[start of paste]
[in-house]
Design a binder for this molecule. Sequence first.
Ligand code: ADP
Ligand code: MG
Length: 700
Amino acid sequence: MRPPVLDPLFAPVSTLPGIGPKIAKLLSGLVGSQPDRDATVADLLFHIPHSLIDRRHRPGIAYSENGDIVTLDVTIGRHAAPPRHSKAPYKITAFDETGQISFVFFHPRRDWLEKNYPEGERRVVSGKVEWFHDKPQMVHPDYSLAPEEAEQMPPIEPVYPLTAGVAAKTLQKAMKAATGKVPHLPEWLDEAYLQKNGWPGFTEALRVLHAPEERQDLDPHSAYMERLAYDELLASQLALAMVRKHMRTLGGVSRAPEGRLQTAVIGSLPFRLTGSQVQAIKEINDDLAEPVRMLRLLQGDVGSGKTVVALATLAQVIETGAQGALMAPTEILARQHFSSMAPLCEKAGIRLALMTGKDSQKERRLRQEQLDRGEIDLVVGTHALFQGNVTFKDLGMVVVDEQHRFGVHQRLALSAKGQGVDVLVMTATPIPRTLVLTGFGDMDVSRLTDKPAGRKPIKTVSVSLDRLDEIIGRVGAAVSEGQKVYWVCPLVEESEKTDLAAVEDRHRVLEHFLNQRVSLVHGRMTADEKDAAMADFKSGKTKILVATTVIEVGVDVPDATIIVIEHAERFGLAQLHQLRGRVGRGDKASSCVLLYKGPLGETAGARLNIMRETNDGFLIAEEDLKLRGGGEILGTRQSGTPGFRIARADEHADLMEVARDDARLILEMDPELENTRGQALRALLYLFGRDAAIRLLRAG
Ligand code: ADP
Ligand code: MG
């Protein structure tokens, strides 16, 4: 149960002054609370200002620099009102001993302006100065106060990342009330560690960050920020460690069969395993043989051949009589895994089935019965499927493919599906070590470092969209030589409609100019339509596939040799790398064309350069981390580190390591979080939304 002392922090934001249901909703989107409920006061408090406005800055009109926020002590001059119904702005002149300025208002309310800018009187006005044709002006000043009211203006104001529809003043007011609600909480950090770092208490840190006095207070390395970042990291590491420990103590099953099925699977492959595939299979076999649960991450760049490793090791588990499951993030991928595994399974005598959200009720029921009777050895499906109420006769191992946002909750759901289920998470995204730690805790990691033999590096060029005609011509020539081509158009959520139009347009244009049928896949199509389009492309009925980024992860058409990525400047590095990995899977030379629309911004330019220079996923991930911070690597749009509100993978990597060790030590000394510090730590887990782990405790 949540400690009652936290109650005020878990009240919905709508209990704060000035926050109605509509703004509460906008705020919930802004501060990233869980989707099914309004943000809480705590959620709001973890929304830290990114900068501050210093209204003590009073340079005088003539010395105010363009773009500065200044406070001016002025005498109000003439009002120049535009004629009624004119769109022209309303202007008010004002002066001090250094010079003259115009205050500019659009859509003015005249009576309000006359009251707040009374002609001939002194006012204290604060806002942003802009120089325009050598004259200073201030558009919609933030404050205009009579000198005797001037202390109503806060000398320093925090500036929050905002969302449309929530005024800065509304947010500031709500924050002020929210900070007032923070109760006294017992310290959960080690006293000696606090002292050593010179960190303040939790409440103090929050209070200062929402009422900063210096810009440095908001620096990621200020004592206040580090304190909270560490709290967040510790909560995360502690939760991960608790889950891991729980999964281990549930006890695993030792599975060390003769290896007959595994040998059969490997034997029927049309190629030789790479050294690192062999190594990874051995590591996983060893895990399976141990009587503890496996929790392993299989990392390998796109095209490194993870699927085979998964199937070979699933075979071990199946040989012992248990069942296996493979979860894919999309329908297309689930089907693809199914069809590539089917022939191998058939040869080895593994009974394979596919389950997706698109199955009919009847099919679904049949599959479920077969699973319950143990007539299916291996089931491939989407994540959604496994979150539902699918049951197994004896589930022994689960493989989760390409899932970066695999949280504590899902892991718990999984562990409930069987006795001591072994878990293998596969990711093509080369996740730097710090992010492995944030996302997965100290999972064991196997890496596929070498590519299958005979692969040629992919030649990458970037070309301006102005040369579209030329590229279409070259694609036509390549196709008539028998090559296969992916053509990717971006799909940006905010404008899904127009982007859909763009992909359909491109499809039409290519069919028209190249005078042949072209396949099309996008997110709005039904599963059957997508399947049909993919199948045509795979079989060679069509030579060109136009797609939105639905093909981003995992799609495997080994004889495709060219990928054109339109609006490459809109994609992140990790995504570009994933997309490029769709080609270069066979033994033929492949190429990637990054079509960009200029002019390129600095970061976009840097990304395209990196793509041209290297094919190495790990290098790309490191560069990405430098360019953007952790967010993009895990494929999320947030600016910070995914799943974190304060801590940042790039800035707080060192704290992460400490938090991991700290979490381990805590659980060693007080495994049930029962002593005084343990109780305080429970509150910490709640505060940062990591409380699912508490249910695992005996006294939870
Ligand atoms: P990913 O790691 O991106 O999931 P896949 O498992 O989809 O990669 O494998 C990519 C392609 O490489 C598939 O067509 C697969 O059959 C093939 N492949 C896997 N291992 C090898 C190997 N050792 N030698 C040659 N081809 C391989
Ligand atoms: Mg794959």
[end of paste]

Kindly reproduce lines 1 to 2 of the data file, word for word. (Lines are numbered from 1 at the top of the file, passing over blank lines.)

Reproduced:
[in-house]
Design a binder for this molecule. Sequence first.